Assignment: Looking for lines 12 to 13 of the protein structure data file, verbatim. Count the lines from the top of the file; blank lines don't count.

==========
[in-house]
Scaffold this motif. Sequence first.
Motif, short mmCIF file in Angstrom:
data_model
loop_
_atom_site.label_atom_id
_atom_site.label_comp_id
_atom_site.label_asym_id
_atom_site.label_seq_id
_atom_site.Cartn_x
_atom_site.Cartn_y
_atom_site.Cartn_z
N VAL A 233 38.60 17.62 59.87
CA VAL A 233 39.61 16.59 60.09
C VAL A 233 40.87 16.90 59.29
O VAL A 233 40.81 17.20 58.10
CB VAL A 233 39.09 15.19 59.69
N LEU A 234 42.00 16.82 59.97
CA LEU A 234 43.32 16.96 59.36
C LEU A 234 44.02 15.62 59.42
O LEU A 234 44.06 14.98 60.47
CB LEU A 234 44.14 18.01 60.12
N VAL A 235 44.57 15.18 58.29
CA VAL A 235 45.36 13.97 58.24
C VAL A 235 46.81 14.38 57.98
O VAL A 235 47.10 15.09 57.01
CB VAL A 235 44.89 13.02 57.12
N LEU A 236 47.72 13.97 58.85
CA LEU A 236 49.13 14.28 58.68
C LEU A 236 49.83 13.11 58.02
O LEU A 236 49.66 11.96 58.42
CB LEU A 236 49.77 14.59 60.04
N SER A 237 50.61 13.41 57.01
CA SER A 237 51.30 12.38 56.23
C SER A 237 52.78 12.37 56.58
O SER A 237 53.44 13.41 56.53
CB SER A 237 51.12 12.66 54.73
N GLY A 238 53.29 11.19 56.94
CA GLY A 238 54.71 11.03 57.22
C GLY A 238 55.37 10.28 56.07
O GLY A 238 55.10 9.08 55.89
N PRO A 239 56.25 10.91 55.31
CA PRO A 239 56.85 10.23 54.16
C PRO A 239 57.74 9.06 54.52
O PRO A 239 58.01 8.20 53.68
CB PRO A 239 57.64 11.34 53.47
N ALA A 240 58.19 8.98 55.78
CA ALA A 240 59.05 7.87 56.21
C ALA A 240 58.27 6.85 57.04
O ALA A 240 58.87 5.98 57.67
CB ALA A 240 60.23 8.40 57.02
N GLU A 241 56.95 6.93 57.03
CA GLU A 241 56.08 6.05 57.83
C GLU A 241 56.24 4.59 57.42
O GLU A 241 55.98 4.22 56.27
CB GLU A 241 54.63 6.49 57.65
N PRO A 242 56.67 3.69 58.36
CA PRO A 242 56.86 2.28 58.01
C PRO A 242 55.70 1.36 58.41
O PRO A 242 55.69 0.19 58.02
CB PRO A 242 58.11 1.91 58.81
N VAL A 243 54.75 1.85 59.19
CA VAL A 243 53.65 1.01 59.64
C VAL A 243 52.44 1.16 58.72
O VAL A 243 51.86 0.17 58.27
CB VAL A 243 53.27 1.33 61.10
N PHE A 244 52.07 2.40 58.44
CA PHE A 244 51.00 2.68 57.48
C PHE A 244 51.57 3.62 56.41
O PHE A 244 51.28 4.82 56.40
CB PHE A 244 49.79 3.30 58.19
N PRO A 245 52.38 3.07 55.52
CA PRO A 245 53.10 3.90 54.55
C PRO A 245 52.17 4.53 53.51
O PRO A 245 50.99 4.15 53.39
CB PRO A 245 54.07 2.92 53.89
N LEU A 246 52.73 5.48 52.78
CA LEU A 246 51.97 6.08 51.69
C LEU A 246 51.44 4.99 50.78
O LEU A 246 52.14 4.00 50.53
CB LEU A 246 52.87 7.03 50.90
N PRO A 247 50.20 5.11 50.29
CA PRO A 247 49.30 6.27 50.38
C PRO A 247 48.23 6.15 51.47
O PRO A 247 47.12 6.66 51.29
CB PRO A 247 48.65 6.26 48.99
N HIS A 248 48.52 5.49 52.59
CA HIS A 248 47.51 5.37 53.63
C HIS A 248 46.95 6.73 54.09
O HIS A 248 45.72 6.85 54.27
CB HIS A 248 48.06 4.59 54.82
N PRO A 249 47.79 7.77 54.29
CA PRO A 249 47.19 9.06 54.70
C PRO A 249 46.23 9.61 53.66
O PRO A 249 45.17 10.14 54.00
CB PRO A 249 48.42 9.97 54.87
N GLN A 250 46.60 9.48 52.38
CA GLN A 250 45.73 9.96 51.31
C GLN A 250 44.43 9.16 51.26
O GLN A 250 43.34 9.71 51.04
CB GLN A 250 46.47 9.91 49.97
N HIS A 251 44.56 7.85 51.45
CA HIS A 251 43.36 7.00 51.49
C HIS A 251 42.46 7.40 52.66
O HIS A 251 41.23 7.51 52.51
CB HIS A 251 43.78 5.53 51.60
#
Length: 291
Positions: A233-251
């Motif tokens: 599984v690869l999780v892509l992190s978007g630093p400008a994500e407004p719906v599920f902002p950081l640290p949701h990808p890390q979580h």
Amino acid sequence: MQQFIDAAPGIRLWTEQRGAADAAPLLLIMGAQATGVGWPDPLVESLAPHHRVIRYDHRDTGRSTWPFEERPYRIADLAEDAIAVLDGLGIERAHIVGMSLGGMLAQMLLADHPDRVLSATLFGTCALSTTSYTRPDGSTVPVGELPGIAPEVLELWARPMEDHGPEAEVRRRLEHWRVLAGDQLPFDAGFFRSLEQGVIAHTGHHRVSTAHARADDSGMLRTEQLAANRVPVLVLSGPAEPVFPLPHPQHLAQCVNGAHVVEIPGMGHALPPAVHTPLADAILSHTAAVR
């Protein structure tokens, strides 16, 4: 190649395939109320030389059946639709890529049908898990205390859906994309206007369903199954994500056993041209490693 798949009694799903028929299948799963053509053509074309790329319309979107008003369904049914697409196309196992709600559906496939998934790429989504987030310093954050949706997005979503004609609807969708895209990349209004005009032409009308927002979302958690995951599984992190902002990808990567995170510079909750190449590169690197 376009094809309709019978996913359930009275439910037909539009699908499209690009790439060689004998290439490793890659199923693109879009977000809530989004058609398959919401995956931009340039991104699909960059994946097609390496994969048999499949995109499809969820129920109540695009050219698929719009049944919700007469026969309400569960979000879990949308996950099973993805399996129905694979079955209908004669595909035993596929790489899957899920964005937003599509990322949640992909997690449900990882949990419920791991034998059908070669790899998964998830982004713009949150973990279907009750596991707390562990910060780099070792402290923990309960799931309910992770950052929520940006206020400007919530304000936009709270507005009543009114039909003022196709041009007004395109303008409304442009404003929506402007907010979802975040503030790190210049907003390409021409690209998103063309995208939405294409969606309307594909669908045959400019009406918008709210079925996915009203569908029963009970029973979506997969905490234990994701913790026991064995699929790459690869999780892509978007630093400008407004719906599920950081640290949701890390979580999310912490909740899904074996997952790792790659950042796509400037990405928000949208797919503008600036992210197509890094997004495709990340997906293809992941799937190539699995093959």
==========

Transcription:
_atom_site.Cartn_z
N VAL A 233 38.60 17.62 59.87